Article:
National Arbitration Forum




Horizon Services, Inc. v. Now Investments

Claim Number: FA0803001163702



Complainant is Horizon Services, Inc. (“Complainant”), represented by Sean W. Dwyer, of Blank Rome LLP, Pennsylvania, USA.  Respondent is Now Investments (“Respondent”), represented by Deborah A. Logan, of Lipton, Weinberger & Husick, Pennsylvania, USA.




The domain name at issue is <>, registered with, Inc.



The undersigned certifies that he has acted independently and impartially and to the best of his knowledge has no known conflict in serving as Panelist in this proceeding.


David E. Sorkin as Panelist.



Complainant submitted a Complaint to the National Arbitration Forum electronically on March 14, 2008; the National Arbitration Forum received a hard copy of the Complaint on March 14, 2008.


On March 17, 2008,, Inc. confirmed by e-mail to the National Arbitration Forum that the <> domain name is registered with, Inc. and that the Respondent is the current registrant of the name., Inc. has verified that Respondent is bound by the, Inc. registration agreement and has thereby agreed to resolve domain-name disputes brought by third parties in accordance with ICANN’s Uniform Domain Name Dispute Resolution Policy (the “Policy”).


On March 31, 2008, a Notification of Complaint and Commencement of Administrative Proceeding (the “Commencement Notification”), setting a deadline of April 21, 2008 by which Respondent could file a Response to the Complaint, was transmitted to Respondent via e-mail, post and fax, to all entities and persons listed on Respondent’s registration as technical, administrative and billing contacts, and to by e-mail.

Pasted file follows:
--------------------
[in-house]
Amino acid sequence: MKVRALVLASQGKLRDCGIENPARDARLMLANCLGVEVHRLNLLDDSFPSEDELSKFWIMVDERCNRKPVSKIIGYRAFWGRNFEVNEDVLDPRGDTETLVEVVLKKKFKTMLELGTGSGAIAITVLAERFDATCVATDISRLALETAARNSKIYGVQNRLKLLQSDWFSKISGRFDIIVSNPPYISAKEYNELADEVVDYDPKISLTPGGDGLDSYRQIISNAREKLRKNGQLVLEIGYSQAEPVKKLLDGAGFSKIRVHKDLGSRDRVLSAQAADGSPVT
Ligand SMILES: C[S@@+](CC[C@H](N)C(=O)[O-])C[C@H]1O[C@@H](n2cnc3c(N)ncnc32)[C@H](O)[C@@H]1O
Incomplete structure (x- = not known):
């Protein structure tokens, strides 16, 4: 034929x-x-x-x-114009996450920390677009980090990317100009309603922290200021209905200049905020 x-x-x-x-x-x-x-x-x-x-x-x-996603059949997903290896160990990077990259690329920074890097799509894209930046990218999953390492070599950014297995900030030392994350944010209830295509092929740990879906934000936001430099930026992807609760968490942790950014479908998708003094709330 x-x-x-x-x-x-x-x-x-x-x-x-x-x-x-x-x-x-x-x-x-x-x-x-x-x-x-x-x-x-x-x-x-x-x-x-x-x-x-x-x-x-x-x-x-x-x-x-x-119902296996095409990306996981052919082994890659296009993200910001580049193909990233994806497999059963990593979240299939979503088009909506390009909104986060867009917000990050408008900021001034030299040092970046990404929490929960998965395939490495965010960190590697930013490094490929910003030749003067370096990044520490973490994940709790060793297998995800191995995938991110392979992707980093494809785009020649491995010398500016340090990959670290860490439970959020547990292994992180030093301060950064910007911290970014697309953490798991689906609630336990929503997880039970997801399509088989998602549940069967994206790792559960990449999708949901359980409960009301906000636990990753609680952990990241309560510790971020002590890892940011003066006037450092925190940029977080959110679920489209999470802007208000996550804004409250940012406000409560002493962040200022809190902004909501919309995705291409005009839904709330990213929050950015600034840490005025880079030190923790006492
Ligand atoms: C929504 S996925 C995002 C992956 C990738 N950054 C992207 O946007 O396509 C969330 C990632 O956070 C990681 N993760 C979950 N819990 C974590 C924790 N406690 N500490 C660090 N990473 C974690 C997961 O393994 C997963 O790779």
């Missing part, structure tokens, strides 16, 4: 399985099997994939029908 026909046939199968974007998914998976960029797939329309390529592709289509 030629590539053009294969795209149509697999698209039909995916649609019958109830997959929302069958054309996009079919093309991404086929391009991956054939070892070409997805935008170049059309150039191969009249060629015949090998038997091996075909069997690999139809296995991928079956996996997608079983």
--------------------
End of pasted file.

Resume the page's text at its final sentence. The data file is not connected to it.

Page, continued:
A timely Response was received and determined to be complete on April 21, 2008.  The required hard copy of the Response including the accompanying exhibits was not received by the Forum until one day after the deadline.  The Panel nonetheless has considered the Response in its entirety.


Timely Additional Submissions were received from Complainant and Respondent and determined to be complete on April 28, 2008, and May 5, 2008, respectively. 


On April 30, 2008, pursuant to Complainant’s request to have the dispute decided by a single-member Panel, the National Arbitration Forum appointed David E. Sorkin as Panelist.



Complainant requests that the domain name be transferred from Respondent to Complainant.



Having reviewed and considered the lengthy allegations put forth by each party, the Panel summarizes the most pertinent of these allegations below.


A. Complainant

Complainant, Horizon Services, Inc., is a provider of heating, air conditioning, plumbing, and related services.  Complainant is based in Wilmington, Delaware, and operates in Delaware, Maryland, and Pennsylvania.  Complainant claims common-law service mark rights based upon its “continuous and extensive” use of the mark HORIZON SERVICES in connection with its services since 1999.  In addition, Complainant has registered this mark in Pennsylvania and Maryland and has a trademark application pending in Delaware.  Complainant operates a website using the domain name <>, which it registered in 2003.  Complainant alleges that the disputed domain name <> is identical and confusingly similar to its HORIZON SERVICES mark.